- Composed by Brian Tyler
- La-La Land Records (USA) / Silva Screen (Europe) / 2014 / 60m
Sylvester Stallone and chums are back for a third trip to the Expendables well. The nostalgia-fuelled success of this vehicle for ageing action stars shows no sign of letting up; along with the big man himself, returning from the previous ones are Jason Statham, Jet Li, Dolph Lundgren and Arnold Schwarzenegger and joining the fun are Mel Gibson, Harrison Ford, Wesley Snipes and the action hero to end all action heroes, Kelsey Grammer, whose perfectly-timed quips can kill a man from a hundred paces.
Also returning is action composer extraordinaire Brian Tyler, whose muscular scores for the previous two were huge fun. He’s broadened the palette a little bit this time, adding a slightly more modern sound (electronics feature more heavily alongside the orchestra this time round, particularly in the score’s earlier moments) along with a few nice little ethnic touches. “The Drop” begins the score very much as a modern action thriller, a heavily electronic sound; “Lament” is a surprisingly beautiful little interlude with a lovely guitar solo; then it’s flat-out action in the heavily percussive “Right On Time”, very entertaining.
“The Art of War” is only a minute long but leaves quite an impression, thanks to it being so wholly unexpected, an elegant classical piano solo oozing class. The action’s soon back though: “Stonebanks Lives” features some Japanese winds and a lovely passage for strings before exploding into life, the trademark Tyler string runs, brassy flourishes and percussion; yes, we’ve heard it before but it’s such an entertaining sound, orchestrated to the hilt as ever. Also as usual, there’s a solid motivic heart to the action music and it’s fun to hear them all crop up in various guises through the album. It’s great to hear the Goldsmithian fanfare from the two previous scores make its return in this track too.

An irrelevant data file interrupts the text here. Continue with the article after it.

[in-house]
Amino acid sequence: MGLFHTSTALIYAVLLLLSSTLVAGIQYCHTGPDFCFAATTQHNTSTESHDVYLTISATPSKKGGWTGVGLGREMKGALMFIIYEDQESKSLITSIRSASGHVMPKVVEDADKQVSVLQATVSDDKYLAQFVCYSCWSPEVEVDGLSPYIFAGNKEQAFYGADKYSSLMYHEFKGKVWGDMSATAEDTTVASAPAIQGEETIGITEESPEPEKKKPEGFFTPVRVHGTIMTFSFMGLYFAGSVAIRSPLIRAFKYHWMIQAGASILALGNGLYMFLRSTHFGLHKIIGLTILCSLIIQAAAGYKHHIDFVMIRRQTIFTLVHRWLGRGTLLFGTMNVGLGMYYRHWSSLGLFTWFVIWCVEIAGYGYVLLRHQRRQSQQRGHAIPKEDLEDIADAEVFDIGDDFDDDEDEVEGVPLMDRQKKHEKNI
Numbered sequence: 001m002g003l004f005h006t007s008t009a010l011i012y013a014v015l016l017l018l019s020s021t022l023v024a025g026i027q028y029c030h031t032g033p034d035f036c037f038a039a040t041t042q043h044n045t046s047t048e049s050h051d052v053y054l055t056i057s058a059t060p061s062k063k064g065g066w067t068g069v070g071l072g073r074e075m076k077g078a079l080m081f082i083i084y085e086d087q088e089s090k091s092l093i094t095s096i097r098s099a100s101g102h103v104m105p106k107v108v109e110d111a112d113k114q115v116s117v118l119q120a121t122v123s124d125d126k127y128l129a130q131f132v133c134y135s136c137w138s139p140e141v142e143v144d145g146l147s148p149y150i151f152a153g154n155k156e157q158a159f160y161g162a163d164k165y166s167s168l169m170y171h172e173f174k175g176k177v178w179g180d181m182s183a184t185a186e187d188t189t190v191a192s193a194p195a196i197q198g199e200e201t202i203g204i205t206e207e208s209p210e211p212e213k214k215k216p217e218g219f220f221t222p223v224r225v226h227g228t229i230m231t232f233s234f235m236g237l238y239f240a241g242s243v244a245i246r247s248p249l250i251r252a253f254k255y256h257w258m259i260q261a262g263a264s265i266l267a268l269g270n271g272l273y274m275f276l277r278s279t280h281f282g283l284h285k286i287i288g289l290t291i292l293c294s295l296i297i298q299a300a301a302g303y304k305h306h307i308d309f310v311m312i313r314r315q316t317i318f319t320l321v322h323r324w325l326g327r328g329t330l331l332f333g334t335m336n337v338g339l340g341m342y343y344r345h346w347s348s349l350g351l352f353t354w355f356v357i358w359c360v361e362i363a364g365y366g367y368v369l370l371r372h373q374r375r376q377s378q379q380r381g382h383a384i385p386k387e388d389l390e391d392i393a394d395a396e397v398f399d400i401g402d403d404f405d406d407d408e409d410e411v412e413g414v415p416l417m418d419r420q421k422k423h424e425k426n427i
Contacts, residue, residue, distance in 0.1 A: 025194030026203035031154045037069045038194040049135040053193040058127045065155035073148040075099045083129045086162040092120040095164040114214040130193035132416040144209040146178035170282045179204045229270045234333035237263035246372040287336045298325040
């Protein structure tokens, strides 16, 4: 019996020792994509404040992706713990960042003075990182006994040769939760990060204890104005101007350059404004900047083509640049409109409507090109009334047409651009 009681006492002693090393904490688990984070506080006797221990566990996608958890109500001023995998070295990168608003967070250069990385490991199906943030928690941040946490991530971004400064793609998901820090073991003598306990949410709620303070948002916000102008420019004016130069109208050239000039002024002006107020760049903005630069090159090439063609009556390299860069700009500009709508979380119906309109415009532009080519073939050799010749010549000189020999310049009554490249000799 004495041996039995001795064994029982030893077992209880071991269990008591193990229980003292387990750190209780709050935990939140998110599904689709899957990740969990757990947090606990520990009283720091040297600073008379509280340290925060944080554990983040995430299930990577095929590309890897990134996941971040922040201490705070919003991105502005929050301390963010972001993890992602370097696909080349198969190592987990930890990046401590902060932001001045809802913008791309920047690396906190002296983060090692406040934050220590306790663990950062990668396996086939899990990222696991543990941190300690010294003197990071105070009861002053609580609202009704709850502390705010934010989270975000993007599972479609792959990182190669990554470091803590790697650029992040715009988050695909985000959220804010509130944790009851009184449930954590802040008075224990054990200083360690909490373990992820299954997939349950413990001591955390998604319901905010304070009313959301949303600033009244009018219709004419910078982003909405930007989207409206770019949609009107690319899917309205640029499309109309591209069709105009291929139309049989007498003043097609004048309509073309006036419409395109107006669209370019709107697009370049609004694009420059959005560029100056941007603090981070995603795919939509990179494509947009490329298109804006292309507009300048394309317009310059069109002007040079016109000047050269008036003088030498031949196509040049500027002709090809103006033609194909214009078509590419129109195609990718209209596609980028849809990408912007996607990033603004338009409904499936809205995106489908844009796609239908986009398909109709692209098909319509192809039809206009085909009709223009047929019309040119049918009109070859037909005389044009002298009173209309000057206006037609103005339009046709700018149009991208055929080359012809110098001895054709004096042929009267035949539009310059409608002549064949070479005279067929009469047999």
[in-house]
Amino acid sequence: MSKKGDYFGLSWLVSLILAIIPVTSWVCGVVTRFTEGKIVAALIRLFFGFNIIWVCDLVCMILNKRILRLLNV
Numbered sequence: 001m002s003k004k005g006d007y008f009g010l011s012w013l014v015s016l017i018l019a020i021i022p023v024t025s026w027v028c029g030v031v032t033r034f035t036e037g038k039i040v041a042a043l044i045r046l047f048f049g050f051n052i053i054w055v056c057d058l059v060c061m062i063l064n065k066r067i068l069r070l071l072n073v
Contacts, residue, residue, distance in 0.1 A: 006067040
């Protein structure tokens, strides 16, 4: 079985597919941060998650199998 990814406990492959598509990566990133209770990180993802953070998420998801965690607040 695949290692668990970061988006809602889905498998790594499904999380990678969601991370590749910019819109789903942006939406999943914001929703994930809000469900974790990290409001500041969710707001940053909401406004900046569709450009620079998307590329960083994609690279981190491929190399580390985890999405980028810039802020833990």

“Late For War” is a great cue, positively dripping with sweat as it goes through what sounds like a musical version of preparing for conflict; then in the next few cues comes the calm before the storm, “Bring You Luck” particularly impressive as the tension slowly mounts before being released in explosive style in “Infiltrating the Block”, the orchestra being put through its paces in furious fashion. There’s a delightful little vignette, “Galgo’s Grand Entrance”, complete with mariachi trumpet, before we’re back into full-on action in the pulse-pounding “Look Alive”, with a great John Powell/Bourne-style string motif appearing in the middle and then being expanded Tyler-style into decidedly fast and furious territory.
After a sustained period of frankly not a great deal, things do wake up with a sudden for the album’s last three cues – “Valet Parking Done Right” is a rip-roaring cue, “Moral Chess Games” then brings back the electronic sound heard earlier in the score and the best cue of all is saved for last, the spectacular six-minute “Armoured Freaking Transport” making great use of the familiar main theme. The Expandables 3 is an enjoyable album, but it does feature some less interesting passages and (understandably) some of the better parts are very similar to those heard in the previous scores. It’s all good fun, though perhaps not quite as much as the last ones.